Voigt’s efforts reduced the front group to around 20 riders that included most of the overall contenders. As the favorites marked one another, Andy launched the first move. Alberto Contador (Saxo Bank Sungard) closed the gap. Fränk attacked next, and this time Ivan Basso (Liquigas-Cannondale) followed. Contador put in the next dig. Andy countered. Cadel Evans (BMC) sat comfortably behind as he watched the action unfold. Basso and Contador put in additional attacks. No one got away.
Fränk kicked again. Contador bridged up with Evans on his wheel. The move reduced the size of the group from 20 to eight. Pierre Rolland (Europcar) took to the front to protect the interests of Voeckler. From behind, Fränk attacked again. The slow response from the group allowed Fränk to finally slip away.
“Fränk was super strong,” noted Andy. “His attack was perfectly time. We knew that if we attackled left, right, left, right, they would eventually have to let one of us get away. That was the plan, and it's exactly what happened.”
Evans led the chase and took Andy, Basso, Contador and Cunego with him. Voeckler was not able to match the acceleration and fell back with Rolland. Less than a kilometer from the finish, Fränk had the two race leaders, the only two from early moves to survive the increase in pace from the onslaught of attacks behind, in sight. He narrowly missed catching them before the line.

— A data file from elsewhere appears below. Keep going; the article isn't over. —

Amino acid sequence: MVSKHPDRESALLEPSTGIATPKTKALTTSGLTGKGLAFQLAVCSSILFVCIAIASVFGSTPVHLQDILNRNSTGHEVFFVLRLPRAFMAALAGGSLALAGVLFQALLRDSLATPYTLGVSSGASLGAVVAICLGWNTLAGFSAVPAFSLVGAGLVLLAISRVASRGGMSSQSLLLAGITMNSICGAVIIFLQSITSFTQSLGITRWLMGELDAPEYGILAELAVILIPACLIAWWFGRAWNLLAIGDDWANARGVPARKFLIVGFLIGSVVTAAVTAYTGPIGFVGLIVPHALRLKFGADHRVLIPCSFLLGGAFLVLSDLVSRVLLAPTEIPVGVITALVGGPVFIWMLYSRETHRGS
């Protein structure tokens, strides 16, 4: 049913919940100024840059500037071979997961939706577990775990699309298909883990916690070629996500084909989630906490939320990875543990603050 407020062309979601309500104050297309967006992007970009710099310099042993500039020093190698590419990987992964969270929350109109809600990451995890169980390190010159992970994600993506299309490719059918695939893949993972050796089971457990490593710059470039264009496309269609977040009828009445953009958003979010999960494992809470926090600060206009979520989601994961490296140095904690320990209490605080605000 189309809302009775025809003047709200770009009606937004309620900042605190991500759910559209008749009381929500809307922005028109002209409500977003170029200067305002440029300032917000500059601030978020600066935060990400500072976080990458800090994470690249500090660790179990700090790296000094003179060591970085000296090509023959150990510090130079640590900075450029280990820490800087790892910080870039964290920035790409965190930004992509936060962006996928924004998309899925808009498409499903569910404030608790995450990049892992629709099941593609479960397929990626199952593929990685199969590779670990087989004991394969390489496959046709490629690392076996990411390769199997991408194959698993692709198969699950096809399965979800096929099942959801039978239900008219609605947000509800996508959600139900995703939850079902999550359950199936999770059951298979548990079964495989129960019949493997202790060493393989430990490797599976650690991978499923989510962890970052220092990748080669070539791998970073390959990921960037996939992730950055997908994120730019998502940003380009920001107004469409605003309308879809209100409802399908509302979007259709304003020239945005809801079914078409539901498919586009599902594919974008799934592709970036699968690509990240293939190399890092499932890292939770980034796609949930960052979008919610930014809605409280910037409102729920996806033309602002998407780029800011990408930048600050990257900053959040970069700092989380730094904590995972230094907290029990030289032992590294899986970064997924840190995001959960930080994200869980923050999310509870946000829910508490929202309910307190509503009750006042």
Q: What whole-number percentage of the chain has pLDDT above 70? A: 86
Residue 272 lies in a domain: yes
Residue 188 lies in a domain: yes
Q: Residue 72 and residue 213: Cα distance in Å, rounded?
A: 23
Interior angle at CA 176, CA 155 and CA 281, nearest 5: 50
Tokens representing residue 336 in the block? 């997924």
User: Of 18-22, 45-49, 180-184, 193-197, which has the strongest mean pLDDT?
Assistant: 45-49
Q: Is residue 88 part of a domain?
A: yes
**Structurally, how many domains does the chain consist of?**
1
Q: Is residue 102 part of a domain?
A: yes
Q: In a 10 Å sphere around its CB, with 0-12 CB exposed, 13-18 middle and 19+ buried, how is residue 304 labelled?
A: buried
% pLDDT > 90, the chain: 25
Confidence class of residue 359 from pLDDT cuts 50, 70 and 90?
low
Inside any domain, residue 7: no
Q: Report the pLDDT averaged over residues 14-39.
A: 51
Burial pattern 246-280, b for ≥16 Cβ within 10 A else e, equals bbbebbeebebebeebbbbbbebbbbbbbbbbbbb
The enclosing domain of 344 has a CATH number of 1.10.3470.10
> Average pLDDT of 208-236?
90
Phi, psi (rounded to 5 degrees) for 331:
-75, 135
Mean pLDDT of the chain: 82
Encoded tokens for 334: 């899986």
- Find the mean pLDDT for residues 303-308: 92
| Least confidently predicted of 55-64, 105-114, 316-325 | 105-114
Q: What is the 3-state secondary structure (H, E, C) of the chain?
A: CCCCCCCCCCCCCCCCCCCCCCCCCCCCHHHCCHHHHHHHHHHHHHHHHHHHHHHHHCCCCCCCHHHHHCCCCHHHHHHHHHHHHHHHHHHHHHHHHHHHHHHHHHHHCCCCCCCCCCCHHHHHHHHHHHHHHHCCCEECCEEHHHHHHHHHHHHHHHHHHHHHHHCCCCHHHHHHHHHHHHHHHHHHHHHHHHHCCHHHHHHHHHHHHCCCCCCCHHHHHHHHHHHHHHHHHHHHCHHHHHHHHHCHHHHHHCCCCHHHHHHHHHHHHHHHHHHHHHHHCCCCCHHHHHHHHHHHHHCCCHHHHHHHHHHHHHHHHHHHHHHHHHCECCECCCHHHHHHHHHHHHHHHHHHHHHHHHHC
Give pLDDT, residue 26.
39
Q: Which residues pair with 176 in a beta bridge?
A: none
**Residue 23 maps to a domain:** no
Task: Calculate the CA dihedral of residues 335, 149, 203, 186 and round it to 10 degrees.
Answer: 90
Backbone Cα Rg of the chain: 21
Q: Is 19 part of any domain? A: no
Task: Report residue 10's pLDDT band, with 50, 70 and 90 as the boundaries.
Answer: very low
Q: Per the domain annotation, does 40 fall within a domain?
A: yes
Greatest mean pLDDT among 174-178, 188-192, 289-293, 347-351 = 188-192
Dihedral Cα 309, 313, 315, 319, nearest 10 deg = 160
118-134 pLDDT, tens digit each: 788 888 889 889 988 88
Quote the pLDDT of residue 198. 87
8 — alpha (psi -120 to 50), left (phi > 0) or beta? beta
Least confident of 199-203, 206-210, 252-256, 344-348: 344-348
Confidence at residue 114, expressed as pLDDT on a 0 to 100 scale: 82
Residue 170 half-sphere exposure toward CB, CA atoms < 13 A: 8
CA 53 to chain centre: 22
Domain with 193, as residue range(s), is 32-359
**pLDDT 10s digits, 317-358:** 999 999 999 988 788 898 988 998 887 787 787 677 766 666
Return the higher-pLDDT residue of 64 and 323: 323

“It’s too bad that I didn’t reach the two guys out front,” said Fränk. “They sprinted when they knew I was coming. I wanted to win the stage, but there will be other opportunities.”
Sanchez bested Vanendert in a two-up sprint while Fränk crossed the line ten seconds behind. Twenty seconds later, Andy’s group of four made it to the finish. Contador finished 13 seconds back adding to the time he has lost since stage one.
“The time Contador lost today won’t make a difference in Paris,” predicted Andy. “He is a great champion, and he knows tomorrow is another day. He could come back and have a super strong day to put time into his rivals.”
The race favorites may take a back seat to the break tomorrow. The second day in the Pyrenees, 156 kilometers between Pau and Lourdes, includes the climb of the Aubisque. Stage 13 lacks a summit finish and includes only one big climb, the Col d’Aubisque, that sits 50 kilometers from the stage finish.